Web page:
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Play Piano - There Is No Substitute for Practice - Articles Surfing
There is no substitute for practice. By spending a couple of hours with your instrument every day you develop a special relationship with it.
You need to have a regular practice routine that contains certain constant elements (such as warm-up exercises) as well as variable elements that address your current avenue of study. And performing doesn't count as practice. Although playing gigs, performing in Church or for your personal enjoyment is an essential part of your musical development, it won't replace time in the practice room.
There are times, however, when you just can't maintain a regular practice routine. All the other elements of your life crowd in and you find you have to grab a spare hour of practice wherever you can. It seems futile to embark on any long-range practice projects that will require weeks or months of steady work, because you know it won't happen.
So should you give up?
Must you put off the idea of improving your musicianship until you have more time (and are you sure that time will come)? Here's an alternative - I call it "target bombing."
You have an hour to practice. Find something to practice that is not currently in your arsenal. It could be a lick, a scale, a set of chord voicings, a section of a tune, a transcribed solo, anything. But this is important: it must be small. Don't set a general goal (e.g., mastering the McCoy Tyner style of pentatonic scale improvisation). Instead, select a little piece of business (such as a particular pentatonic lick to be learned in 12 keys). Assume that this is the only opportunity you'll have to learn this particular item. Tomorrow you'll move on to something else.
Approach the hour's practice with this attitude: "What can I do within the next hour to permanently improve my musicianship in one very small but measurable way?"
More specifically, "What can I do to master this one item so that it will be self-reinforcing, so that it will immediately begin to show up in my actual performances?"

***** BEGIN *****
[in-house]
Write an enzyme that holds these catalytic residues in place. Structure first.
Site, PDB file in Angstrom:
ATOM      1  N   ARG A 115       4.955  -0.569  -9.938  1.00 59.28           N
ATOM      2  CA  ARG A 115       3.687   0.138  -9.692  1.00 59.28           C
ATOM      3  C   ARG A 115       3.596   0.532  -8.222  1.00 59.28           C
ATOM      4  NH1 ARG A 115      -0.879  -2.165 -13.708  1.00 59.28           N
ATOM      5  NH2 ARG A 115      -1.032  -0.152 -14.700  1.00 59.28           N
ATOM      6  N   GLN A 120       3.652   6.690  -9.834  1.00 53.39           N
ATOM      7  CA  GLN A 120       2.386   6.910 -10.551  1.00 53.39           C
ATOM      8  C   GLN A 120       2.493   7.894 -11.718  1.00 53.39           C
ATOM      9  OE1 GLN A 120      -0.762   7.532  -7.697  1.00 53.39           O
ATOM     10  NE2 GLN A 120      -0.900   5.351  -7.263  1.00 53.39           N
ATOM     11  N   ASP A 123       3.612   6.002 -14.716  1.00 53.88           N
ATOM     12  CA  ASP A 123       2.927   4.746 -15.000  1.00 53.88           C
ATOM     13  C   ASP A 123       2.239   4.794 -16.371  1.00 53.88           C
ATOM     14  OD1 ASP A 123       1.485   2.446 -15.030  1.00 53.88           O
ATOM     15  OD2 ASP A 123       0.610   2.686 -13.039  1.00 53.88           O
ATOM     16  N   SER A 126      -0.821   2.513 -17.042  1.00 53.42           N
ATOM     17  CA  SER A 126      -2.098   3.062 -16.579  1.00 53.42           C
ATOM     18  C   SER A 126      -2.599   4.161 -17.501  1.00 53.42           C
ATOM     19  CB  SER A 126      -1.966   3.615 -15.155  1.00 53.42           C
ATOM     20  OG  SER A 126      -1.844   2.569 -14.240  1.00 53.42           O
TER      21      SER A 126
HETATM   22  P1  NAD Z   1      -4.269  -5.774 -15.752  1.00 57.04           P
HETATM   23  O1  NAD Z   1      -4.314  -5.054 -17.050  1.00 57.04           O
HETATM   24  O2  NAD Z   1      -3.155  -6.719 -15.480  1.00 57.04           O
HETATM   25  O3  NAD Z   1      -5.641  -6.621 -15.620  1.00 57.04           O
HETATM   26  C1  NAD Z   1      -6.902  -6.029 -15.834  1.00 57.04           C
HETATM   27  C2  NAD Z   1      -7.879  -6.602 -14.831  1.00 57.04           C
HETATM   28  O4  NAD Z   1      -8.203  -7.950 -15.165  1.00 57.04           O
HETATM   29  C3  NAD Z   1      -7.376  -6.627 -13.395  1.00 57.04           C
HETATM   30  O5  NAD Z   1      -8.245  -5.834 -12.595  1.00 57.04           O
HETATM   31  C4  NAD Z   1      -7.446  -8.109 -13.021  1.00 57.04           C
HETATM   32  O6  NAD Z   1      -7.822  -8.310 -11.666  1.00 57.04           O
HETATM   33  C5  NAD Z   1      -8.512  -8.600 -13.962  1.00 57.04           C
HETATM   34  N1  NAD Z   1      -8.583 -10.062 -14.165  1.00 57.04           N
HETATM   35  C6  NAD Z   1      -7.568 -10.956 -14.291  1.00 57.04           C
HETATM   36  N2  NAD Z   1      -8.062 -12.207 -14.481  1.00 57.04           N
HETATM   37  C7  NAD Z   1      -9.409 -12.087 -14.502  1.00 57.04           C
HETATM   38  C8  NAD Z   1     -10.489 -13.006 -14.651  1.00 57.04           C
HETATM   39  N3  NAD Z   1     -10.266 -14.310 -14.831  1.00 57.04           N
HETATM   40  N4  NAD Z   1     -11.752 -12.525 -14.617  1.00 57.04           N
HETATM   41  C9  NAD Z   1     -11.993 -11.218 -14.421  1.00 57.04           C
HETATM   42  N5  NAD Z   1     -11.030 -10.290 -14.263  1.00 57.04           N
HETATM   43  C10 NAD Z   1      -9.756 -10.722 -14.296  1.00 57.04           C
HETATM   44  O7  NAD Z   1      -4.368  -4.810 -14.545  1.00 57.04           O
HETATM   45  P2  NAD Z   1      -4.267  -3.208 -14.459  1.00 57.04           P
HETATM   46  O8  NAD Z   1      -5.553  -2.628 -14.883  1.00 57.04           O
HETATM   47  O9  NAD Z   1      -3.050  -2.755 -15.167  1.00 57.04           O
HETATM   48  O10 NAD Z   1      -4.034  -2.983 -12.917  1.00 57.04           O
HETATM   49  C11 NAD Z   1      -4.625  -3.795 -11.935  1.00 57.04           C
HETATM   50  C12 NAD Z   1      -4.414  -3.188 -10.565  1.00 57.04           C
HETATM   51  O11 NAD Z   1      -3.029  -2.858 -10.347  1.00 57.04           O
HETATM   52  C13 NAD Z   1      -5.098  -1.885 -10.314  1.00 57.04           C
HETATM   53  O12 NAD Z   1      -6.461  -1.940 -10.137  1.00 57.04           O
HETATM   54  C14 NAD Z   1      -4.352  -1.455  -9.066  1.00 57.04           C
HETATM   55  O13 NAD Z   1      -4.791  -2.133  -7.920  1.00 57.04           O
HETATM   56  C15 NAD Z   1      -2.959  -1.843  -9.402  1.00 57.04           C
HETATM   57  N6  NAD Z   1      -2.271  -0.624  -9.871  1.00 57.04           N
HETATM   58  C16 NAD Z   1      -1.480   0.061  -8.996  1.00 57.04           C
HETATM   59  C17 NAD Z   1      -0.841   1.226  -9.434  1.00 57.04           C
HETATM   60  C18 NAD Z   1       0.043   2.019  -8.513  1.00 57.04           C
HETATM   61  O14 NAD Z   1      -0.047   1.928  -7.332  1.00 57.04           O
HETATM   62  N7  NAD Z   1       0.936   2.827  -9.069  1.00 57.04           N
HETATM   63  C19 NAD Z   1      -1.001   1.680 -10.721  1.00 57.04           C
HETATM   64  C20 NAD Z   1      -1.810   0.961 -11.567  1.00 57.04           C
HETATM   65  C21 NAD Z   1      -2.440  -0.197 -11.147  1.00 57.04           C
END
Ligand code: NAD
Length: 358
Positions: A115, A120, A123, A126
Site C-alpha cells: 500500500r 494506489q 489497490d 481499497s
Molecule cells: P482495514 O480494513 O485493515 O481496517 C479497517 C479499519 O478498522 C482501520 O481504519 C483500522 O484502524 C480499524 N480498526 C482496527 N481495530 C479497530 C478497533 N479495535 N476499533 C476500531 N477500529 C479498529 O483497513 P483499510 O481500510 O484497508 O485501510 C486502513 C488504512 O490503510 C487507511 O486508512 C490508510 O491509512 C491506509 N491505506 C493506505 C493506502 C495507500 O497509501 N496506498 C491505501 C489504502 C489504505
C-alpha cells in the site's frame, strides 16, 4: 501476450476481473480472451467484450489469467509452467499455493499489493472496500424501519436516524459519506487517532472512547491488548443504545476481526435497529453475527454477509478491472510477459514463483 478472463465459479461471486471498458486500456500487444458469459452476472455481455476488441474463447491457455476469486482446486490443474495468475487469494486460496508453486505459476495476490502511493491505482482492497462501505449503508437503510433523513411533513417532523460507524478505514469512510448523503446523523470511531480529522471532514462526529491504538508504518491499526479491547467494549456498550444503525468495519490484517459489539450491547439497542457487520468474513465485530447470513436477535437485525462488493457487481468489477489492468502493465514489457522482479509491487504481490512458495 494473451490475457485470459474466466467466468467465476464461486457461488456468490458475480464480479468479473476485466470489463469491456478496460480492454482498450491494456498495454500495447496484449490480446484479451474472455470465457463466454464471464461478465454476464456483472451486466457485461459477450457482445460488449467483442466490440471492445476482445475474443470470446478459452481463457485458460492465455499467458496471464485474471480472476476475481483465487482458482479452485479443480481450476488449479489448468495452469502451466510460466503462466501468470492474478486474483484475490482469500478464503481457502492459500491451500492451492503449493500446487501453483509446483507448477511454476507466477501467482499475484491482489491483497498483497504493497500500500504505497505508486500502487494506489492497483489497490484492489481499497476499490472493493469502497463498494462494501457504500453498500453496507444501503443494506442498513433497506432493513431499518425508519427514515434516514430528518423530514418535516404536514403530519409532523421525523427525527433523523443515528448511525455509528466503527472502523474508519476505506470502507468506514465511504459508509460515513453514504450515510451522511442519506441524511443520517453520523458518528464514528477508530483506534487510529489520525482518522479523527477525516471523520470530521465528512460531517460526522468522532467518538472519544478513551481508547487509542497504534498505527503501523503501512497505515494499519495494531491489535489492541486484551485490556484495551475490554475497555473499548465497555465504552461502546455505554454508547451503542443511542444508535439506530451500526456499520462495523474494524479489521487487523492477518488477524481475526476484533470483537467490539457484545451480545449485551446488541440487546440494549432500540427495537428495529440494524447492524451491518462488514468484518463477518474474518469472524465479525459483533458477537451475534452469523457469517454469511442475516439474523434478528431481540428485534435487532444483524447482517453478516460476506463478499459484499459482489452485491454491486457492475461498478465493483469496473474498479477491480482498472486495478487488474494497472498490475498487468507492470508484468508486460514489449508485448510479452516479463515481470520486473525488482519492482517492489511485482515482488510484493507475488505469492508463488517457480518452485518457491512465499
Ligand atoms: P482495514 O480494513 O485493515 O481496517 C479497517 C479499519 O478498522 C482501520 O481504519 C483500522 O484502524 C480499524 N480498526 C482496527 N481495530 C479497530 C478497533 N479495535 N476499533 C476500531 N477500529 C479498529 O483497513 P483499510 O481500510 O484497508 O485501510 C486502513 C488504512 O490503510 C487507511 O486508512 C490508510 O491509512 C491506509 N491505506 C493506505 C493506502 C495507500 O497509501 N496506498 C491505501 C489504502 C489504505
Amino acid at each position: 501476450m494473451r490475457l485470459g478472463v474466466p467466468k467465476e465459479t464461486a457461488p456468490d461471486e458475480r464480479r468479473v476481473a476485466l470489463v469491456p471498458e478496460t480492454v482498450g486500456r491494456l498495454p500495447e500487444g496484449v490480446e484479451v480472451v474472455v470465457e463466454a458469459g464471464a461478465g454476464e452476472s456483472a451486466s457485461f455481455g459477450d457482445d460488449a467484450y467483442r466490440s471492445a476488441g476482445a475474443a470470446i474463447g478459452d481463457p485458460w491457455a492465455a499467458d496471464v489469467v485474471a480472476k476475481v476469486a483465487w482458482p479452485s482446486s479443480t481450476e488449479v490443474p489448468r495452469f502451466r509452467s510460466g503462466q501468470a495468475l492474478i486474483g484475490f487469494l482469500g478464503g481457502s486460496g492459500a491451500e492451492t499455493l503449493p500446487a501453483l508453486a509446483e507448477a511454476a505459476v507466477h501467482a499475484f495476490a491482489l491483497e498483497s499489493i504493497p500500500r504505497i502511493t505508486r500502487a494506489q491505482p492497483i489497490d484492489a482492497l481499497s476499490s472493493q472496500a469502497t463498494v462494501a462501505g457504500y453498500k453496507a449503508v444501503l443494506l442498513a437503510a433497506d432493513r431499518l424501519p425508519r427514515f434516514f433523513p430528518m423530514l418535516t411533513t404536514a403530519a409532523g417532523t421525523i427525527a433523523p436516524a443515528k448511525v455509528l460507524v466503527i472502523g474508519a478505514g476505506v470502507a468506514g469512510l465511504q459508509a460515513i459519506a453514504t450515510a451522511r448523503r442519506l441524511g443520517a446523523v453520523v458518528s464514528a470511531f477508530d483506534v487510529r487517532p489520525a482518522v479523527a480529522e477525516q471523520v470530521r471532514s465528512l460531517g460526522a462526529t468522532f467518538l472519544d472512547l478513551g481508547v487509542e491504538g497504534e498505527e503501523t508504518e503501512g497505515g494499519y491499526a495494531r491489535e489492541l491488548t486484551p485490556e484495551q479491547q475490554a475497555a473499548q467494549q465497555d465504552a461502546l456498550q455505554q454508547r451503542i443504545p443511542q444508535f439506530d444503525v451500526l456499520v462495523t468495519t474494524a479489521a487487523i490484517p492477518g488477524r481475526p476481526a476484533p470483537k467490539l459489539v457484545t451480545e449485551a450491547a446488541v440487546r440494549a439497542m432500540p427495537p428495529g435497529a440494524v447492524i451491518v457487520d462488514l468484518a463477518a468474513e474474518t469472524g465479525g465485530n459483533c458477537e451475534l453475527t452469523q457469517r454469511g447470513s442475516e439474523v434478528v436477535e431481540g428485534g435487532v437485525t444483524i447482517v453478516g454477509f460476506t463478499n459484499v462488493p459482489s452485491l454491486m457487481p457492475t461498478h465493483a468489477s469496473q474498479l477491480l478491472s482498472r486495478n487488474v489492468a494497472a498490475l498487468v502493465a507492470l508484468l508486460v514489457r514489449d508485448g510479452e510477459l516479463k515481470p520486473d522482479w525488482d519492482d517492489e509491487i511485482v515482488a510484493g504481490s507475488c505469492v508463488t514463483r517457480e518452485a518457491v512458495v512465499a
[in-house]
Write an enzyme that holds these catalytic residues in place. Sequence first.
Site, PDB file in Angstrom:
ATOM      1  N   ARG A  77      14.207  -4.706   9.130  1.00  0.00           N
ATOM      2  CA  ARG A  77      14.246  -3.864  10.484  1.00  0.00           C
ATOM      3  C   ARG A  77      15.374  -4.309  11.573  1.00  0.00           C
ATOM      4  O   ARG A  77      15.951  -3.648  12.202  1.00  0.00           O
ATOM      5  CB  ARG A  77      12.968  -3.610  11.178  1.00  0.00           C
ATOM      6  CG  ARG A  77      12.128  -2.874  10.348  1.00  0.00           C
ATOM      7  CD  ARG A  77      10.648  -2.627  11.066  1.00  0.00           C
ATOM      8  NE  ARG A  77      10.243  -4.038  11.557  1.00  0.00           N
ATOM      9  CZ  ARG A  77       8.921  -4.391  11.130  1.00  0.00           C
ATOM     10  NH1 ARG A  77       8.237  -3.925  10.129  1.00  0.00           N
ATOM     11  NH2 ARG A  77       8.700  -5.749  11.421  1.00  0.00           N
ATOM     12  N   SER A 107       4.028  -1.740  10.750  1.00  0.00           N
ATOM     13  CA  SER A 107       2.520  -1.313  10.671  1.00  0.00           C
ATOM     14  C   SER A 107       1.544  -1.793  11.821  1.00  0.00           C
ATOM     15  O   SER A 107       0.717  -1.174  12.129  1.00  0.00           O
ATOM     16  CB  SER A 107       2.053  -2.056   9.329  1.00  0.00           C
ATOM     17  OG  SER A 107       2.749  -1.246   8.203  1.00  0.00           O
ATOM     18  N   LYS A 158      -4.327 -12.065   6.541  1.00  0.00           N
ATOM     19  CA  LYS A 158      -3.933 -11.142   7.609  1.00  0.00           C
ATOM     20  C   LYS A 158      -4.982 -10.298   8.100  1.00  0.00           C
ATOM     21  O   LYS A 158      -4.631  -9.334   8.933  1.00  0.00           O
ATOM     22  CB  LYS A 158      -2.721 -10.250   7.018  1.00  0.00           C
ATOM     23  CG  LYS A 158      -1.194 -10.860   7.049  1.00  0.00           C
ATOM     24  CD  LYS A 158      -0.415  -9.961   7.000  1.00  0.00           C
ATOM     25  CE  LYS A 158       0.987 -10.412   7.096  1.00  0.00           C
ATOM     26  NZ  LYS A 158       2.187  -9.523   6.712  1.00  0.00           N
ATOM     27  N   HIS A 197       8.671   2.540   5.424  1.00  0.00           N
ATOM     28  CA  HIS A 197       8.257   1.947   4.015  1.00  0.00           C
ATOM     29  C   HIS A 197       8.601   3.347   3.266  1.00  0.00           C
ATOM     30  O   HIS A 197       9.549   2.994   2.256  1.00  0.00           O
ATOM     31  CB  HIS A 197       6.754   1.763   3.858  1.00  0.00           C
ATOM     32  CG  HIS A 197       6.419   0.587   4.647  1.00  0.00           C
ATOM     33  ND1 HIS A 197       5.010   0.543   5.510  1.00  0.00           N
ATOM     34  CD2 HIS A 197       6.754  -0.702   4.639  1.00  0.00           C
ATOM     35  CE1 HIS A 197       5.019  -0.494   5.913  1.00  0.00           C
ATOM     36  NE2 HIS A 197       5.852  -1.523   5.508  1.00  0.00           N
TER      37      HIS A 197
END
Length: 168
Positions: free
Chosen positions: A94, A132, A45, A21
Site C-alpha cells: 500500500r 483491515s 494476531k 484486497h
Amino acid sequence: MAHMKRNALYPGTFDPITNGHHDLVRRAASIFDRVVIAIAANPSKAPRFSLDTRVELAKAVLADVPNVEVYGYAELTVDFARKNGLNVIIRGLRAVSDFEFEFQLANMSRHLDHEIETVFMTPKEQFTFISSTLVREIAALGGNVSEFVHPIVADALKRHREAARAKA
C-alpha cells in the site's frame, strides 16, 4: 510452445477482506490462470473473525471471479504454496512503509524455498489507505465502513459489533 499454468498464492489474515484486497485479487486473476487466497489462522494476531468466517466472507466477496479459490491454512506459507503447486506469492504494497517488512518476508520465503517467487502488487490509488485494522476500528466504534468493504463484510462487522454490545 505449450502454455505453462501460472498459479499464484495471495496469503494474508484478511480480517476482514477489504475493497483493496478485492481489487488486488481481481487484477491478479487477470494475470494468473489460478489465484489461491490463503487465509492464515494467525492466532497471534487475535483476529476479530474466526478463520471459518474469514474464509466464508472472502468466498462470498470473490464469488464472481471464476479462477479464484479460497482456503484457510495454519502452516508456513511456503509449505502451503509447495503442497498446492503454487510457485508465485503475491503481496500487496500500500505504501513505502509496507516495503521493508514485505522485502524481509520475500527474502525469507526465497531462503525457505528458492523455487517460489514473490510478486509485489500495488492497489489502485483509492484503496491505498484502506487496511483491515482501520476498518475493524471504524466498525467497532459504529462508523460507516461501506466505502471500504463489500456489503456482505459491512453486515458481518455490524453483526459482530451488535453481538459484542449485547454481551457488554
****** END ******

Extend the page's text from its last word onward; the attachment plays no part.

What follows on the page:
Your plan is to devour this one small thing so completely that it can't slip away.
If it's a lick, make it a short one and learn it in several keys. Work out the fingering.
Play it over random ii-V progressions.
Solo over a few tunes and work that lick in wherever you can.
If it's a chord voicing, practice it in 12 keys, work it into tunes, and make sure you can make smooth transitions to and from other voicings.
If you don't get it by the end of the hour, you lose it forever. But if you ingest it fully enough, then it will immediately begin to show up in your performances. It will become a small element of your style and you'll never lose it.
This is target bombing. It's intense, focused, and can be tremendously effective and satisfying. Although at first it may be a method that you use because you can't find time for the more traditional, routine-oriented practice, you may find it so successful and fun that you make it your primary approach.
After all, you climb a mountain with thousands of small steps. Take each step so well that you never have to take it again.
I've seen this approach work wonders for many students, and I use it all the time myself. I've also seen it fail miserably for others. It requires a type of tunnel vision, a willingness to gnaw on one thing for one hour without letting other concerns intrude.
You might feel as if you are playing when you should be working or that focusing on a tiny area is not productive when there are so many major areas to be covered. But once you successfully target bomb a few small items, you'll realize the needlessness of your concerns.
Anyway, try this method on - see if it fits your style.
Copyright 2006 RAW Productions
Copyright © 1995 - Photius Coutsoukis (All Rights Reserved).
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